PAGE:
After surprising the forex market with an easing announcement in their previous rate statement, BOJ policymakers decided to take it easy this time. Here’s what Governor Kuroda and his men had to say and what it could mean for yen price action moving forward.
1. Increased support for monetary easing
While the BOJ’s decision to step up its stimulus efforts last month came down to the wire with a 5-4 vote, their agreement to ease at an annual pace of 80 trillion JPY this time was close to unanimous at 8-1. The only dissenter, Takahide Kiuchi, maintained that the current monetary base is already appropriate.
For majority of the policymakers, the recent GDP contraction that put the Japan back in recession was a wake-up call to take aggressive action. However, they still believe that the economy continues to recover moderately and that the negative effect of the April sales tax hike is starting to fade.
2. Kuroda stays hopeful about the economy
BOJ officials also had an improved outlook for output, as the central bank mentioned that exports have been more or less flat. This is a relatively upbeat assessment compared to their previous statement saying that exports were weakening.
“Companies are maintaining their upbeat investment stance against the background of robust profits,” Kuroda added. “A positive mechanism of income and expenditure remains in place for both households and companies.”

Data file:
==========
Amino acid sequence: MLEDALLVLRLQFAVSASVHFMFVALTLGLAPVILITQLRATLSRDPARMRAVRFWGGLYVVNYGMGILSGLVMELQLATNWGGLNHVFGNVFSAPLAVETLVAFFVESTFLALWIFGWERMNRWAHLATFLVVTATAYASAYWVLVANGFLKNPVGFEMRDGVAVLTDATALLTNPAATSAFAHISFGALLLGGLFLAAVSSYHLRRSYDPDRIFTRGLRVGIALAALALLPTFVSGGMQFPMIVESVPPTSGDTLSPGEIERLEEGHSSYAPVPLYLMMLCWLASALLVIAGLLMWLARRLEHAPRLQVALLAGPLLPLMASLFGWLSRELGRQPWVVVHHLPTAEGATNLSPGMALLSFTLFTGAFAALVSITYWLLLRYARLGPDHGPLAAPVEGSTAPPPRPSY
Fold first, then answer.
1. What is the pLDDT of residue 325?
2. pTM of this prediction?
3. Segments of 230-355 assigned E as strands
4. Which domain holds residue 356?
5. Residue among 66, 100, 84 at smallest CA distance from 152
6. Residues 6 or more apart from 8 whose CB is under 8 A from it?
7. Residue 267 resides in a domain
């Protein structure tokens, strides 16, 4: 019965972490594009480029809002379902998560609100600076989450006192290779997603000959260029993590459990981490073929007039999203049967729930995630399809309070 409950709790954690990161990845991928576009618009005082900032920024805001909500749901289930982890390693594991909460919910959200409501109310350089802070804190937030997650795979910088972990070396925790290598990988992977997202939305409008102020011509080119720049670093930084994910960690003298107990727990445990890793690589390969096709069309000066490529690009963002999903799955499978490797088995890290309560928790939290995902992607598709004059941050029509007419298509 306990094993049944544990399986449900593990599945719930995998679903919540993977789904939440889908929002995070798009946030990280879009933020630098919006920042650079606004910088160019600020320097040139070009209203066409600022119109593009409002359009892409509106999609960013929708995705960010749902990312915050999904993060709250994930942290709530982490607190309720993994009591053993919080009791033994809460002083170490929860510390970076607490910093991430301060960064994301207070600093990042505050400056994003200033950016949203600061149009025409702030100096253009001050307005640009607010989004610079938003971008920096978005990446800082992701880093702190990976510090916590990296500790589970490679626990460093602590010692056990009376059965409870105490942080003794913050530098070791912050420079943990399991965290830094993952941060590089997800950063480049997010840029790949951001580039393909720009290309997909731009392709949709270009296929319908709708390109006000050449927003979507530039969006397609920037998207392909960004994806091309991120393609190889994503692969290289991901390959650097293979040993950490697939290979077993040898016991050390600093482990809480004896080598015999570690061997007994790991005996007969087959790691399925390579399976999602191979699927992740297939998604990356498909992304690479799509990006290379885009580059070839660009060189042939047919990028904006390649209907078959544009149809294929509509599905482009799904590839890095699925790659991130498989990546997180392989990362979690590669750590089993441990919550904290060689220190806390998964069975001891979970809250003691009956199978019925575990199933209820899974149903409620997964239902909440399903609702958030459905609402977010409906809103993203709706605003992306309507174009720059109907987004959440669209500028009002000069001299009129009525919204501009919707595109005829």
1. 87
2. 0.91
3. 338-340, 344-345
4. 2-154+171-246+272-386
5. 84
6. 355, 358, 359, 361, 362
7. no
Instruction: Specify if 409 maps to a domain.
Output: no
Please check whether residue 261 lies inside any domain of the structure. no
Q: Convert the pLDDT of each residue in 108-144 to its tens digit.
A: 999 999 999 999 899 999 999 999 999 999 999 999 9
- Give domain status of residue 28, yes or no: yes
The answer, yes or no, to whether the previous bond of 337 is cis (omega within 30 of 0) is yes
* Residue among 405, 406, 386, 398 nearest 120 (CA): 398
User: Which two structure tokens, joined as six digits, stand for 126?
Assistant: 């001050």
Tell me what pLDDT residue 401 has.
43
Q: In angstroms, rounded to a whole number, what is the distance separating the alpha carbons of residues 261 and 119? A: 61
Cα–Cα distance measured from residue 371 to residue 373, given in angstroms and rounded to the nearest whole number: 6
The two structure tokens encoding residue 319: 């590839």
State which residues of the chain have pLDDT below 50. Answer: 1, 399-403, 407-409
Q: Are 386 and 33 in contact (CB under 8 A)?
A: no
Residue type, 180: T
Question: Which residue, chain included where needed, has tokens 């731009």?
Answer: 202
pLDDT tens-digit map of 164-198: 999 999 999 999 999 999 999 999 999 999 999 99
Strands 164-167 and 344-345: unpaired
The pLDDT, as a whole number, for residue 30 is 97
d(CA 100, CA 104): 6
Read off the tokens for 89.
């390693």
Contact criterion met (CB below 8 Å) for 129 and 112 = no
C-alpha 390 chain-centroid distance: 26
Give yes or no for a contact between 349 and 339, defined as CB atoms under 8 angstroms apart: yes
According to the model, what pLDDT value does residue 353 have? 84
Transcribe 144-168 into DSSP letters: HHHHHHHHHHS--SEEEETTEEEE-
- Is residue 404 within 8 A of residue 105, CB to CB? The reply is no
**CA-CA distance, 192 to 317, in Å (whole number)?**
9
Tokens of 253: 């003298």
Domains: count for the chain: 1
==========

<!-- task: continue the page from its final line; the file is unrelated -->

3. Open-ended QE to carry on until inflation reaches target
As for inflation, BOJ policymakers acknowledged that price pressures are still weakening and that their latest easing decision is geared at bringing annual CPI closer to target. For now, officials admitted that there’s a strong chance that core CPI would fall below 1% in the near term.
With that, they also emphasized that price stability is the central bank’s mandate and that they are willing to channel their efforts into stoking inflation. Some forex market watchers interpreted this to mean that additional stimulus is still a possibility if price levels keep declining later on.
4. No need to delay next sales tax hike?
Governor Kuroda doesn’t seem to agree with Prime Minister Abe’s decision to delay the next sales tax hike in order to give the consumer sector time to recover and contribute more to overall economic growth.
“I understand that whether to raise the sales tax is something the government and parliament decides, taking into account economic and other conditions. Speaking in general terms, it’s important for Japan as a nation to maintain market trust in its finances,” explained the BOJ head. After all, the country’s public deficit continues to grow and the government could use another sales tax increase to shore up its finances.
At the end of the day though, Kuroda clarified that it is still up to the parliament and government to decide on the sales tax while the central bank remains focused on price stability. In a nutshell, the latest BOJ statement seemed leave mixed impressions, as most policymakers acknowledged the need for monetary stimulus while keeping their hopes up that the economy could soon recover.